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- On Monday, World Health Organization Director-General Tedros Adhanom Ghebreyesus warned that “too many countries are headed in the wrong direction.”
- U.K. GDP (gross domestic product) expanded by 1.8% in May following April’s historic 20.4% contraction. Economists polled by Reuters had expected a monthly rebound of 5.5%.
European stocks pulled back on Tuesday as a spike in coronavirus cases started to weigh on global market sentiment.
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The pan-European Stoxx 600 dropped 1.5% in early trade, with tech stocks shedding 3% to lead losses as all sectors and major bourses slid into negative territory.
European markets are following their global counterparts lower Tuesday as virus cases spike in a number of countries around the world. On Monday, World Health Organization Director-General Tedros Adhanom Ghebreyesus warned that “too many countries are headed in the wrong direction.”
“In several countries across the world, we are now seeing dangerous increases in Covid-19 cases, and hospital wards filling up again,” Tedros said. “It would appear that many countries are losing gains made as proven measures to reduce risk are not implemented or followed.”
Meanwhile, stocks in Asia Pacific fell in Tuesday morning trade, as China’s yuan-denominated trade data for June was released, with exports rising 4.3% year on year while imports increased 6.2% as compared to a year earlier, according to customs data. The data was being watched for clues on China’s economic recovery following the imposition of lockdowns earlier in the year to curb the spread of the coronavirus.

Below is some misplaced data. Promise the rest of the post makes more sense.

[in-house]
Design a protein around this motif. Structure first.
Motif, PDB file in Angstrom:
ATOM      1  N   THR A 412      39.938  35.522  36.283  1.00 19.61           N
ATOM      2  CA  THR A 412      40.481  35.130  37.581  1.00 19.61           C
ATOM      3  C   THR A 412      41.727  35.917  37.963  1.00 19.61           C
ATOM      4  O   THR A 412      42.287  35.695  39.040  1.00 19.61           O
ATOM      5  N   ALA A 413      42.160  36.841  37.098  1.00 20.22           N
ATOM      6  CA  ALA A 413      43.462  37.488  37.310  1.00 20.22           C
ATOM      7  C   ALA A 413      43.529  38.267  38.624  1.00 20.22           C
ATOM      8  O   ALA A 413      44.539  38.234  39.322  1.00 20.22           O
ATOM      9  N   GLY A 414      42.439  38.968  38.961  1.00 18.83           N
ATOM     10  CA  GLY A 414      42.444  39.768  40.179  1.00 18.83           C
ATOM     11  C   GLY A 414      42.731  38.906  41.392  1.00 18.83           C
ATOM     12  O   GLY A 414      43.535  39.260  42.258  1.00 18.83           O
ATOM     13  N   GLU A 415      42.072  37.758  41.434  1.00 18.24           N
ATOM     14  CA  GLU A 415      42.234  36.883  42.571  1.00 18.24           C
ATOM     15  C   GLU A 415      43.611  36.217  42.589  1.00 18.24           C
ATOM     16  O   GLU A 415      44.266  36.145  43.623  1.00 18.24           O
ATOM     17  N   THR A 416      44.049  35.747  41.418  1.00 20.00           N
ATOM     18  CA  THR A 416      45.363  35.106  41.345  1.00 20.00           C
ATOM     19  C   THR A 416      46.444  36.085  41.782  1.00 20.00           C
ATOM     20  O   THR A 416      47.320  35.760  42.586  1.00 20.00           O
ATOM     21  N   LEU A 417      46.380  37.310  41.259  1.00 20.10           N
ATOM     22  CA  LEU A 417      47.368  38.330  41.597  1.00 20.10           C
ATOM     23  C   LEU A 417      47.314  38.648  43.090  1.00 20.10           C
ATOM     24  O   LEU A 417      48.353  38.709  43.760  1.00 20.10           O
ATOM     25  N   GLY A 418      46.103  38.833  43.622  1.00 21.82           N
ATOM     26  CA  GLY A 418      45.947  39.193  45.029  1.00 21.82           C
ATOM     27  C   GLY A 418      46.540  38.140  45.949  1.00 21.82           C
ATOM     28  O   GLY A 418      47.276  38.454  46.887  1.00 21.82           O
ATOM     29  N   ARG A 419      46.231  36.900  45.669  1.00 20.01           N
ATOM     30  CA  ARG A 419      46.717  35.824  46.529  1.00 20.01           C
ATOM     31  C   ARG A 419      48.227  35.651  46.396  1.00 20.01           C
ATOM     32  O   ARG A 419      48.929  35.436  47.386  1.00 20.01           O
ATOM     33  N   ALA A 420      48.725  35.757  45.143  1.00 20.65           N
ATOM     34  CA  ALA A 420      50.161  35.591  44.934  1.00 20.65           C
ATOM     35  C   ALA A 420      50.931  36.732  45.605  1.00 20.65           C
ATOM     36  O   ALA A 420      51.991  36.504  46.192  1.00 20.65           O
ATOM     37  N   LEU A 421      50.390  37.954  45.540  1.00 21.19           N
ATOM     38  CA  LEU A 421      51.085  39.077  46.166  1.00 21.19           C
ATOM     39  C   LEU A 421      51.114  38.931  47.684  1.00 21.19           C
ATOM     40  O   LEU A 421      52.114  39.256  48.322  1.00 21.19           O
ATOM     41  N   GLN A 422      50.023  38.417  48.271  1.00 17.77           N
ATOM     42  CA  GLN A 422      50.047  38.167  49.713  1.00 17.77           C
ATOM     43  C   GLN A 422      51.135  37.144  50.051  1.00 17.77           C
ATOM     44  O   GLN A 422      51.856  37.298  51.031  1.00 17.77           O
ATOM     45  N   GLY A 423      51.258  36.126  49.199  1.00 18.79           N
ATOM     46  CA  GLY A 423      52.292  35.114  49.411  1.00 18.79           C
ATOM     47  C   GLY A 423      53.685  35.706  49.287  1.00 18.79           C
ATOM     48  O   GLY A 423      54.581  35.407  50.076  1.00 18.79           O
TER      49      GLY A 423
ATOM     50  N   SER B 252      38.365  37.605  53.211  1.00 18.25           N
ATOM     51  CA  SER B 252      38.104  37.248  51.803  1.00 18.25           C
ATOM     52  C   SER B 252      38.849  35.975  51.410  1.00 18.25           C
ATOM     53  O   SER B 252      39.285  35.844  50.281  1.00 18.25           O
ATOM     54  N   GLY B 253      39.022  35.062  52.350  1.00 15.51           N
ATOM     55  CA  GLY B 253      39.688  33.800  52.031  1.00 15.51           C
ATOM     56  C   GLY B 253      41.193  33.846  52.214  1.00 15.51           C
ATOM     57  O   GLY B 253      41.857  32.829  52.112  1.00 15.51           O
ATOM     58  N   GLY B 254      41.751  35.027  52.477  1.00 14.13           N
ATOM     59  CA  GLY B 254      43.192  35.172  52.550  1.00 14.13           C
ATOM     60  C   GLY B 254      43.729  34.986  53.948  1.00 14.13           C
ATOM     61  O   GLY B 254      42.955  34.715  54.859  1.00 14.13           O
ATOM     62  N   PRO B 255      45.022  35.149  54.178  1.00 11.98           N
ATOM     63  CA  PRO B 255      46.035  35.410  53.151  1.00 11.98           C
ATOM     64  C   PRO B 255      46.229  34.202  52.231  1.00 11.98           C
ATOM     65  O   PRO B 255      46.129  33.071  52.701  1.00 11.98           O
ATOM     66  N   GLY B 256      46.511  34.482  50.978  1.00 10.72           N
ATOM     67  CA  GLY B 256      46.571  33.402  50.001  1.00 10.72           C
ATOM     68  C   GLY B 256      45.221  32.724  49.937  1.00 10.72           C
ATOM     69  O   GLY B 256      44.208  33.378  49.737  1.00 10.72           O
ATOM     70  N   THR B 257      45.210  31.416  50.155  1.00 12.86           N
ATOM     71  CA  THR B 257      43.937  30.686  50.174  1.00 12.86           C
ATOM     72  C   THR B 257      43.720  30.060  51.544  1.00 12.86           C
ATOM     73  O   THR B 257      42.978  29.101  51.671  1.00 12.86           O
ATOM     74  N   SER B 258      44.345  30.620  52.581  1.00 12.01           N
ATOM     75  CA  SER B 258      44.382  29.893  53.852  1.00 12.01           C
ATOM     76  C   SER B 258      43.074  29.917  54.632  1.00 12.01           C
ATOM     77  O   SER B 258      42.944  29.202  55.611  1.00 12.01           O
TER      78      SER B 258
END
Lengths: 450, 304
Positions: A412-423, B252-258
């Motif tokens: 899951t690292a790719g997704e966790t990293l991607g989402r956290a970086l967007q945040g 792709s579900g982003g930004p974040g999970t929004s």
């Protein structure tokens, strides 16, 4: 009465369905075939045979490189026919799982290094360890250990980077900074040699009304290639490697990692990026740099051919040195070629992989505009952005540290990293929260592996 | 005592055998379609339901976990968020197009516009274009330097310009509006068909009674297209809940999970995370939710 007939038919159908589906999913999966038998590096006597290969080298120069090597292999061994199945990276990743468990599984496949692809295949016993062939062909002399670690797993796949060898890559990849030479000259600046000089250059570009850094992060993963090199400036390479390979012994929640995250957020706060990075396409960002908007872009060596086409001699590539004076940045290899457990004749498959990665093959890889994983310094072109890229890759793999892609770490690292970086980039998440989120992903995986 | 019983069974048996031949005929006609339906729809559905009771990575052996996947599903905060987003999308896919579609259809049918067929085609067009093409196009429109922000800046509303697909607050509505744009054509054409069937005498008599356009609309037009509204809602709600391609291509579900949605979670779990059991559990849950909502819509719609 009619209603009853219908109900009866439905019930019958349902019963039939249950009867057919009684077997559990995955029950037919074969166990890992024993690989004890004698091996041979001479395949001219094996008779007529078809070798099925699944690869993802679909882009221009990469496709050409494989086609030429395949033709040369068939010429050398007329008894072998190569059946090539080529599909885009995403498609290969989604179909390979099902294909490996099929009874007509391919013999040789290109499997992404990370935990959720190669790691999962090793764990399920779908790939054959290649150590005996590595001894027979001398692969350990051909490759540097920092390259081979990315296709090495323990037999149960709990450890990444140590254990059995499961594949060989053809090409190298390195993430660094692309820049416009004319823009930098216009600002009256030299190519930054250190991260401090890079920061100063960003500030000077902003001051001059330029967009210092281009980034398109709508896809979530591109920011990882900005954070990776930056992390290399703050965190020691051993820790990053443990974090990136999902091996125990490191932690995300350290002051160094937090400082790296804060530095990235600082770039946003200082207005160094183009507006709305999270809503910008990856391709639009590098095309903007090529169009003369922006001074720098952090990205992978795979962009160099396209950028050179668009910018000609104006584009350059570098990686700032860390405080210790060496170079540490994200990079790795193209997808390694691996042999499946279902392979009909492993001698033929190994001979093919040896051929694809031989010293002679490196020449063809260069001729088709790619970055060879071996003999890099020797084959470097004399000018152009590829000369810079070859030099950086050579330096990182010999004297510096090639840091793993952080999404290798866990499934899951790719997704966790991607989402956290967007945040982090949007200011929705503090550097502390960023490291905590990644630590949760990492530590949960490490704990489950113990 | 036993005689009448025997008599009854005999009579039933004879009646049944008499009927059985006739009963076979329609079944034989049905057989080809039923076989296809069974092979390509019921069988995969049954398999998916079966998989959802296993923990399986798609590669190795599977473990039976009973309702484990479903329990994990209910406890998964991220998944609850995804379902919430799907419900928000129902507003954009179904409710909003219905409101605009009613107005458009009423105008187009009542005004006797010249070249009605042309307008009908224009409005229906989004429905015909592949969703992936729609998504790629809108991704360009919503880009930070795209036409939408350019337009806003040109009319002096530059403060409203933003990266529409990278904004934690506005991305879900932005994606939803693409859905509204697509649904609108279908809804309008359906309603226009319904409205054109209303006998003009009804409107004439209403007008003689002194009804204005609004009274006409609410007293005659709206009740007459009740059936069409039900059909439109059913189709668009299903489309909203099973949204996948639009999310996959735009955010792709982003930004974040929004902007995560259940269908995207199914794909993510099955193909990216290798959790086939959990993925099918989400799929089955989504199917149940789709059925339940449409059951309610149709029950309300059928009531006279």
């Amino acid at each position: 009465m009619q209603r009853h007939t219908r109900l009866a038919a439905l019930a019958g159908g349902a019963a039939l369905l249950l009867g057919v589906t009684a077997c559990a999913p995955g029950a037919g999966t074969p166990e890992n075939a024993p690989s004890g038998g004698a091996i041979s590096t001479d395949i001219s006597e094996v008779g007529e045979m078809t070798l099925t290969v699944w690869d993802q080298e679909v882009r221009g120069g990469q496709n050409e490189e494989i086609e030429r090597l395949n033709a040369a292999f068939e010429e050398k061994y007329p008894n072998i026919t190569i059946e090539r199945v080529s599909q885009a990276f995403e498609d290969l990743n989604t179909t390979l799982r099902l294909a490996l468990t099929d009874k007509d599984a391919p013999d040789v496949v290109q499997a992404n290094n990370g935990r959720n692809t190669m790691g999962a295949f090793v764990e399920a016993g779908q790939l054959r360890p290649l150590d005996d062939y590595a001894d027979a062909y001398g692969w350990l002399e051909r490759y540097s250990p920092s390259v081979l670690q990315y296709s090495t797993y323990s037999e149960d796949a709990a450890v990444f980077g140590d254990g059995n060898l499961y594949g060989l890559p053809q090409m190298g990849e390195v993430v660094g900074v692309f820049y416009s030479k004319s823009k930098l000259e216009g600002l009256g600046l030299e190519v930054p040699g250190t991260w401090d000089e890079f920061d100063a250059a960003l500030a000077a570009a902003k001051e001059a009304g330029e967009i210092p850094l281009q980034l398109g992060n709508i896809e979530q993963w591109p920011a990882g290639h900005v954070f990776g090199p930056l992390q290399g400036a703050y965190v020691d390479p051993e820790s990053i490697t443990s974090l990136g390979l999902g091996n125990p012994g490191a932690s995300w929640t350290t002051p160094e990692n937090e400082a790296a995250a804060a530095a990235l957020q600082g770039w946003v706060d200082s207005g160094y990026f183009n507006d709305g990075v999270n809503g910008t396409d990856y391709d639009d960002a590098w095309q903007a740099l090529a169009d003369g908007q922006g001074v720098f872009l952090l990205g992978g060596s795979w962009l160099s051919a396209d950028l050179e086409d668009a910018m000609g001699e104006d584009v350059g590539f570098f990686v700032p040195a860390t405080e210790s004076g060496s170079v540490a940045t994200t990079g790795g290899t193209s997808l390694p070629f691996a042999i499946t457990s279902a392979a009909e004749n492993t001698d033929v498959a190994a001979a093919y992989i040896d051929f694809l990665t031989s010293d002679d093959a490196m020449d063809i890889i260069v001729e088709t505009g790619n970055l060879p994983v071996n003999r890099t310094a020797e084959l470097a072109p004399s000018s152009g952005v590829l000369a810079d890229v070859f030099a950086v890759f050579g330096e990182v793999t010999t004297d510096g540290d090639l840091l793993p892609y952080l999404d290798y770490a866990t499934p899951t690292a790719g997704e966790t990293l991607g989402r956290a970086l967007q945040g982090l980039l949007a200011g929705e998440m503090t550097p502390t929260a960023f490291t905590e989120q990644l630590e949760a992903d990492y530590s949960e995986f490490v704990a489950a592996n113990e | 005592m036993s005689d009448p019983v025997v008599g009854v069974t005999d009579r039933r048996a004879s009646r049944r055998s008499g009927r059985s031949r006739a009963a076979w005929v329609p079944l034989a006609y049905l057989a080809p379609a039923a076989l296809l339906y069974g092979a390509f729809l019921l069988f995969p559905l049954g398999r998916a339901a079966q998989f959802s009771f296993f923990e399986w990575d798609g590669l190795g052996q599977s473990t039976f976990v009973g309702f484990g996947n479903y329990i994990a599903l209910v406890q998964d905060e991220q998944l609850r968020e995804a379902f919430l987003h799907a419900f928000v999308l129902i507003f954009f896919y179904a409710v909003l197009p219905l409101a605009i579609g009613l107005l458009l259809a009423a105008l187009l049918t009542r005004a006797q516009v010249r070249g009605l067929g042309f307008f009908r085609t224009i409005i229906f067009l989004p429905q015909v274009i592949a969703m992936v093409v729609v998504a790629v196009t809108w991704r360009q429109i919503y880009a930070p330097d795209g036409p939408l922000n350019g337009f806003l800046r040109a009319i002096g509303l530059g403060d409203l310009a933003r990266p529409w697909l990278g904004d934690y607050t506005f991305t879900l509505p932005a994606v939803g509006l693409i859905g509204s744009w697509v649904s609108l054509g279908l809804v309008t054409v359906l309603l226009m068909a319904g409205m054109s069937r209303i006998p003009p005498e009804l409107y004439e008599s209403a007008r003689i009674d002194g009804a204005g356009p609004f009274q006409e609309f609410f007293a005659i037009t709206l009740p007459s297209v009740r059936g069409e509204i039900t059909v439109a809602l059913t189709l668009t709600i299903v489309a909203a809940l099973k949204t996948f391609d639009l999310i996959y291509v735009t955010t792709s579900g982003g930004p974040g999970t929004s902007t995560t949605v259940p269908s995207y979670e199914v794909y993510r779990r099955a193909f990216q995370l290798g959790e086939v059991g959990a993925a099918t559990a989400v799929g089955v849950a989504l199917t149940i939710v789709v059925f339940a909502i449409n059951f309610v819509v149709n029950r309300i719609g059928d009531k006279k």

U.S. earnings are also a key focus for investors. Later on Tuesday stateside, some of the largest banks in the U.S. such as Citigroup and JPMorgan Chase are set to report their earnings. U.S. stock futures moved higher in overnight trading and pointed to gains at the open on Tuesday.
In Europe Tuesday, official figures revealed that U.K. GDP (gross domestic product) expanded by 1.8% in May following April’s historic 20.4% contraction. Economists polled by Reuters had expected a monthly rebound of 5.5%.
In terms of individual share price action, British safety equipment manufacturer Halma slid 5.4% to the bottom of the Stoxx 600 after warning that full-year profits will be lower than previous guidance.
At the top of the European blue chip index, Swedish tech company Hexagon climbed 5%.